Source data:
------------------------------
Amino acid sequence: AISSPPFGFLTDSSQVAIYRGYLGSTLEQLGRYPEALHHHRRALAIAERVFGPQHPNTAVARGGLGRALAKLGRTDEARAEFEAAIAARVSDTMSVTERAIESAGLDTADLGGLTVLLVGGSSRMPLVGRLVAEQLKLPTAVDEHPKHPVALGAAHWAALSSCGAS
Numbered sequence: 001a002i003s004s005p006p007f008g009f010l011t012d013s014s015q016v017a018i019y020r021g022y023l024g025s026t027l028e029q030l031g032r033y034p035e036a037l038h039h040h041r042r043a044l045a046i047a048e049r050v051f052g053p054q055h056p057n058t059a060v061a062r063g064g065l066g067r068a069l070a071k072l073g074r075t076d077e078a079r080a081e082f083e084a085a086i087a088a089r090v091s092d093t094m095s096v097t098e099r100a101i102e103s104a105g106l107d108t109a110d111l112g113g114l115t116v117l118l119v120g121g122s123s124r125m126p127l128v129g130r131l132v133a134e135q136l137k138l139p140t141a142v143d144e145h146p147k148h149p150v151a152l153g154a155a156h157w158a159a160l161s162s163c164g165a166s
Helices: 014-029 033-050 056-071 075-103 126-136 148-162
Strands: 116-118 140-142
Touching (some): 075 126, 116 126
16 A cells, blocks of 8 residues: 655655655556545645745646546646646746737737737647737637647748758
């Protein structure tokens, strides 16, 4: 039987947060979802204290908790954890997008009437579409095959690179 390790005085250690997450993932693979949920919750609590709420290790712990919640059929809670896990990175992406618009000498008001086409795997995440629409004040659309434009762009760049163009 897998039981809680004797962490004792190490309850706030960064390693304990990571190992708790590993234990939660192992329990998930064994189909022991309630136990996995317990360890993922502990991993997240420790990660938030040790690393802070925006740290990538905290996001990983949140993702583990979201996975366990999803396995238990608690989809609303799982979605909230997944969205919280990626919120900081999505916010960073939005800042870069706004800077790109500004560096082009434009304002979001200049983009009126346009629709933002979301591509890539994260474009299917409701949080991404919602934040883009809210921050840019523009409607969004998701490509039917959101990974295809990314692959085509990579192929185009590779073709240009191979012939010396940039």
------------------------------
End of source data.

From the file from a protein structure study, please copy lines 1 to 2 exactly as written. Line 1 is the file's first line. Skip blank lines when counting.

Amino acid sequence: AISSPPFGFLTDSSQVAIYRGYLGSTLEQLGRYPEALHHHRRALAIAERVFGPQHPNTAVARGGLGRALAKLGRTDEARAEFEAAIAARVSDTMSVTERAIESAGLDTADLGGLTVLLVGGSSRMPLVGRLVAEQLKLPTAVDEHPKHPVALGAAHWAALSSCGAS
Numbered sequence: 001a002i003s004s005p006p007f008g009f010l011t012d013s014s015q016v017a018i019y020r021g022y023l024g025s026t027l028e029q030l031g032r033y034p035e036a037l038h039h040h041r042r043a044l045a046i047a048e049r050v051f052g053p054q055h056p057n058t059a060v061a062r063g064g065l066g067r068a069l070a071k072l073g074r075t076d077e078a079r080a081e082f083e084a085a086i087a088a089r090v091s092d093t094m095s096v097t098e099r100a101i102e103s104a105g106l107d108t109a110d111l112g113g114l115t116v117l118l119v120g121g122s123s124r125m126p127l128v129g130r131l132v133a134e135q136l137k138l139p140t141a142v143d144e145h146p147k148h149p150v151a152l153g154a155a156h157w158a159a160l161s162s163c164g165a166s